Wednesday, March 25, 2015

Remembering Lee Kuan Yew

Tomorrow I plan to do something I rarely do - I am going to join thousands of Singaporeans in bidding farewell to our first prime minister Lee Kuan Yew at the Parliament House.

The one quality that I admire most about Lee Kuan Yew is “perspicacity”.  This is the ability to judge and understand people and situations. To me, it includes the ability to see into the future.
I think it was Confucius who said; “If a man takes no thought for what is distant, he will find sorrow close at hand”. I believe that, had it not been for Lee Kuan Yew’s perspicacity and his constant preoccupation with Singapore’s future, we Singaporeans could be facing a very different kind of sorrow today, as we mourn the passing of this great man.

Lee Kuan Yew was a great orator. As a young man, I listened to all his speeches. The speech that I remember best was the one he made in 1971 in Helsinki at the General Assembly of the International Press Institute. (Actually it was not so much his speech as his handling of the reporters’ questions after the speech that impressed me). I recall that at that time, we were facing much criticism by the Western press because of our government’s perceived suppression of press freedom. Many advised him not to accept the invitation to speak at this event as he was bound to be thrashed by the hostile gathering of his ‘enemies’.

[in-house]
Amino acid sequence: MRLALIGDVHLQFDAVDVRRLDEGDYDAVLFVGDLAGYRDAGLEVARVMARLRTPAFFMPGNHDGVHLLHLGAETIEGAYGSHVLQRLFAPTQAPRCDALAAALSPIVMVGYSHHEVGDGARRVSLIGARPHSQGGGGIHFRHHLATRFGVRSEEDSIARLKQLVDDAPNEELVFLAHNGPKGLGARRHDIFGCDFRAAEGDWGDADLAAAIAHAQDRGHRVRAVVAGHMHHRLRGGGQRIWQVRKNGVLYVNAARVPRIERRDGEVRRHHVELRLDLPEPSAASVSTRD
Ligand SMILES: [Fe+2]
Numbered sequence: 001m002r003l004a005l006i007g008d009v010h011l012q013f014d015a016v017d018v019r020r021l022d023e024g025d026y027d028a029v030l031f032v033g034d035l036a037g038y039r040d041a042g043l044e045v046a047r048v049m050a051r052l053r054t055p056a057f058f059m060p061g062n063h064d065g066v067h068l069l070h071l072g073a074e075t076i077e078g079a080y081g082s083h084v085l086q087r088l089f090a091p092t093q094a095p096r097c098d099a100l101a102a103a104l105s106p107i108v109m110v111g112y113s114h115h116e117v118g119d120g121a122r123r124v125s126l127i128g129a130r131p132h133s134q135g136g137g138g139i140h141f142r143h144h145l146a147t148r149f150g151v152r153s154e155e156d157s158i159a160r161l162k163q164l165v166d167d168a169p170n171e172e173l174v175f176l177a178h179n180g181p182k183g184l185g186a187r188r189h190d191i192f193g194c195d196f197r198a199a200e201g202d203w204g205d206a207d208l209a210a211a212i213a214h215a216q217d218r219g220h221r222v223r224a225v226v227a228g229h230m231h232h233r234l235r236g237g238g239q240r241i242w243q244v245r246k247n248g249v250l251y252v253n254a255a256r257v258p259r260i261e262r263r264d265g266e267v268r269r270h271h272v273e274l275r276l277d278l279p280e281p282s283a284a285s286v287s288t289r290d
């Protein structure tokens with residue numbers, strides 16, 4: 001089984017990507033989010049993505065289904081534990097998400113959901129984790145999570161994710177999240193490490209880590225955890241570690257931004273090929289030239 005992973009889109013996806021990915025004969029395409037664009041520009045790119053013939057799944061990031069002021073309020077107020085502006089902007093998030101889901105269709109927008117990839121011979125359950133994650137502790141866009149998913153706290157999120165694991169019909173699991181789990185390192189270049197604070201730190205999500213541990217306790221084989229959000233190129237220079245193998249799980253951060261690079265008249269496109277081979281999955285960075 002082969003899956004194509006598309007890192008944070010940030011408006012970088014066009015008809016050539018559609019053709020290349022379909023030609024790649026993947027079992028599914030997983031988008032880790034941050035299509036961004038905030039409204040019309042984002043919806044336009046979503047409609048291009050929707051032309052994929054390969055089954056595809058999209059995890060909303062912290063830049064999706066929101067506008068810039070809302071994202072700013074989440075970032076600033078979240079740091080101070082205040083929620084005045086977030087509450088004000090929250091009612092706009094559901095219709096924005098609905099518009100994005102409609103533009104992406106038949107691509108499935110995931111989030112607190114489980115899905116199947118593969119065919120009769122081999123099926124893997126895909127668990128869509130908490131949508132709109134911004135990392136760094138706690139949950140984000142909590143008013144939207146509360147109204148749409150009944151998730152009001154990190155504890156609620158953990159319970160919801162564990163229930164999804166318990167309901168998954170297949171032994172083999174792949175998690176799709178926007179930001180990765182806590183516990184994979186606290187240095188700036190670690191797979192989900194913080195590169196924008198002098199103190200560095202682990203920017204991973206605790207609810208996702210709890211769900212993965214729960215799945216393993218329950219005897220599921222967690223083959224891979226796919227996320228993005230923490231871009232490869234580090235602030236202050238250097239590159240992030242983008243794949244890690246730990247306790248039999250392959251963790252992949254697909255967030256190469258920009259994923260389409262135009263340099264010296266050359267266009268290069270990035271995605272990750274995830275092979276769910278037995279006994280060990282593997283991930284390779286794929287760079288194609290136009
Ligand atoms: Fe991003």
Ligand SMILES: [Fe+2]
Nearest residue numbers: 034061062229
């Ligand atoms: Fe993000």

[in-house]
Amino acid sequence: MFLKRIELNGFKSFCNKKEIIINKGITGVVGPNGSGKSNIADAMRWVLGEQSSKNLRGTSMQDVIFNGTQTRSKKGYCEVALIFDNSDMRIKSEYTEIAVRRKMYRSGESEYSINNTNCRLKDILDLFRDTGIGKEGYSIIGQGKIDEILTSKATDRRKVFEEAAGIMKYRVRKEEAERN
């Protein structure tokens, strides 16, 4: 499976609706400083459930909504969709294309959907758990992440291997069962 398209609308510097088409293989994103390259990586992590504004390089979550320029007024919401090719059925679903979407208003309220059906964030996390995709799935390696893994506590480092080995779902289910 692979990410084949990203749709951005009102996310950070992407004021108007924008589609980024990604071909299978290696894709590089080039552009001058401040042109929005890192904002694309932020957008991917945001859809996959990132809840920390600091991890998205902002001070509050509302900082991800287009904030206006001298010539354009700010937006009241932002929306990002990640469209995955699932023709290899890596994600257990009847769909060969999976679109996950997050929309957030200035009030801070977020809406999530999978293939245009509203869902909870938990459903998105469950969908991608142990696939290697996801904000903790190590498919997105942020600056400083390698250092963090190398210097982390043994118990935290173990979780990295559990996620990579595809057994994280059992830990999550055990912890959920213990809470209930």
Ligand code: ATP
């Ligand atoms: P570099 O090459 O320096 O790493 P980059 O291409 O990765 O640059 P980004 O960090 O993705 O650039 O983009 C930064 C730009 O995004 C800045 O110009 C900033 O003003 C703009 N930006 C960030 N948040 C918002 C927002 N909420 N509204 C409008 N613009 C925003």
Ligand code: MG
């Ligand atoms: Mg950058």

But as this Chinese idiom goes; “明知山有虎,偏向虎山 (to venture into the mountain knowing that there are tigers lurking there), he went anyway. And instead of being mauled by the fearsome tigers, he had them eating out of his hand like docile pussycats. Such was the persuasiveness of the man and the strength of his arguments. Watching his masterly performance made me feel proud to be a Singaporean.

6 comments:

Brian Mitchell said...

Whilst the press comments and obituaries here in the UK have not shied away from commenting on the less attractive aspects of LKY's reign the extraordinary achievements of Singapore under his charge cannot be denied. History will certainly judge him to have been one of the most successful leaders in the post WW2 period anywhere in the world. There were some serious downsides but let me add one very important upside - his clamping down on corruption which is a major problem in so many developing economies, not least in China

Chun See Lam said...

Brian. There are many things that we do in Spore, even in the 21st century that would be considered barbaric by your countrymen; such as the death penalty and caning of children by parents.

Evelyn Lim said...

Dearest Mr Lee Kuan Yew,
You are our Beacon.
You are our Guardian Angel.
You are our Benefactor
Please take away all illness from your son, Lee Hsien Loong and let him be healthy and live to guide the peopie like what you did.
May you go in peace to the Heavenly Realm and Bless All.
Thank you and Good bye.

From Evelyn Lim

Tom Brown said...

Tom said...
I am sorry to hear that Lee Kuan yew has pass on and may God bless him what he has done for Singapore and world , as I said before Chun See, I admired him when I saw him , may he R.i.P

HC said...

You've piqued my interest on that 1971 Helsinki speech and Q&A session. Do you have a transcript of it or hyperlinks?

Chun See Lam said...

http://journalism.sg/lee-kuan-yews-1971-speech-on-the-press/

As I said, it was how he handled the questions that was truly impressive.

If my memory serves me, towards the end of the Q&A, they were so fascinated by him, that they started to ask about personal questions and his views of things of life.

I hope I have not confused this with another occasion; but I think he ended the session by speculating that had his ancestors not emigrated to Spore, he could well be a farmer eking out a living in some remote village in China.